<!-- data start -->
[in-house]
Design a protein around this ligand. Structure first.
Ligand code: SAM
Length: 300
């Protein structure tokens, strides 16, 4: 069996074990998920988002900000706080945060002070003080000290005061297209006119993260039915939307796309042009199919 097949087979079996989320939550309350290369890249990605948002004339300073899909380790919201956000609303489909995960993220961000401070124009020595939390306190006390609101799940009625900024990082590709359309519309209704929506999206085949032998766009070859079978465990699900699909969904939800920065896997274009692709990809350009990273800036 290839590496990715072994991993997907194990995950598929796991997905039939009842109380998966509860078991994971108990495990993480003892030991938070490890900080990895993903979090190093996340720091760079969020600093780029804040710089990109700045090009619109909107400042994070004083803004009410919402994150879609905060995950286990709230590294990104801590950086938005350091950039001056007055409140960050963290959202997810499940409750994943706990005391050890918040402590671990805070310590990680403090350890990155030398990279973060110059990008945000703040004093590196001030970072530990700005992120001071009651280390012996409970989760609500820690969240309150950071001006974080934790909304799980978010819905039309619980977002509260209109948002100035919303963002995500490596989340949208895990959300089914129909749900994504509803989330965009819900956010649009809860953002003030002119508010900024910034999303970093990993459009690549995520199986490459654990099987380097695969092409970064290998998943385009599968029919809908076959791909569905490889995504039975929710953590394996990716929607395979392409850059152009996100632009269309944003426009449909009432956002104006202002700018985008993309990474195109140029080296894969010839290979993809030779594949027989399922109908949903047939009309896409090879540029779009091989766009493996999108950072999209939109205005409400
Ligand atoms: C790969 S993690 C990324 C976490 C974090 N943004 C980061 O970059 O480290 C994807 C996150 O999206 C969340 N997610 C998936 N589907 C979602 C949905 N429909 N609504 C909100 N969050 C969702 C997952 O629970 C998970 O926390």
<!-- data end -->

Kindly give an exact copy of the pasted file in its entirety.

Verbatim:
[in-house]
Design a protein around this ligand. Structure first.
Ligand code: SAM
Length: 300
């Protein structure tokens, strides 16, 4: 069996074990998920988002900000706080945060002070003080000290005061297209006119993260039915939307796309042009199919 097949087979079996989320939550309350290369890249990605948002004339300073899909380790919201956000609303489909995960993220961000401070124009020595939390306190006390609101799940009625900024990082590709359309519309209704929506999206085949032998766009070859079978465990699900699909969904939800920065896997274009692709990809350009990273800036 290839590496990715072994991993997907194990995950598929796991997905039939009842109380998966509860078991994971108990495990993480003892030991938070490890900080990895993903979090190093996340720091760079969020600093780029804040710089990109700045090009619109909107400042994070004083803004009410919402994150879609905060995950286990709230590294990104801590950086938005350091950039001056007055409140960050963290959202997810499940409750994943706990005391050890918040402590671990805070310590990680403090350890990155030398990279973060110059990008945000703040004093590196001030970072530990700005992120001071009651280390012996409970989760609500820690969240309150950071001006974080934790909304799980978010819905039309619980977002509260209109948002100035919303963002995500490596989340949208895990959300089914129909749900994504509803989330965009819900956010649009809860953002003030002119508010900024910034999303970093990993459009690549995520199986490459654990099987380097695969092409970064290998998943385009599968029919809908076959791909569905490889995504039975929710953590394996990716929607395979392409850059152009996100632009269309944003426009449909009432956002104006202002700018985008993309990474195109140029080296894969010839290979993809030779594949027989399922109908949903047939009309896409090879540029779009091989766009493996999108950072999209939109205005409400
Ligand atoms: C790969 S993690 C990324 C976490 C974090 N943004 C980061 O970059 O480290 C994807 C996150 O999206 C969340 N997610 C998936 N589907 C979602 C949905 N429909 N609504 C909100 N969050 C969702 C997952 O629970 C998970 O926390």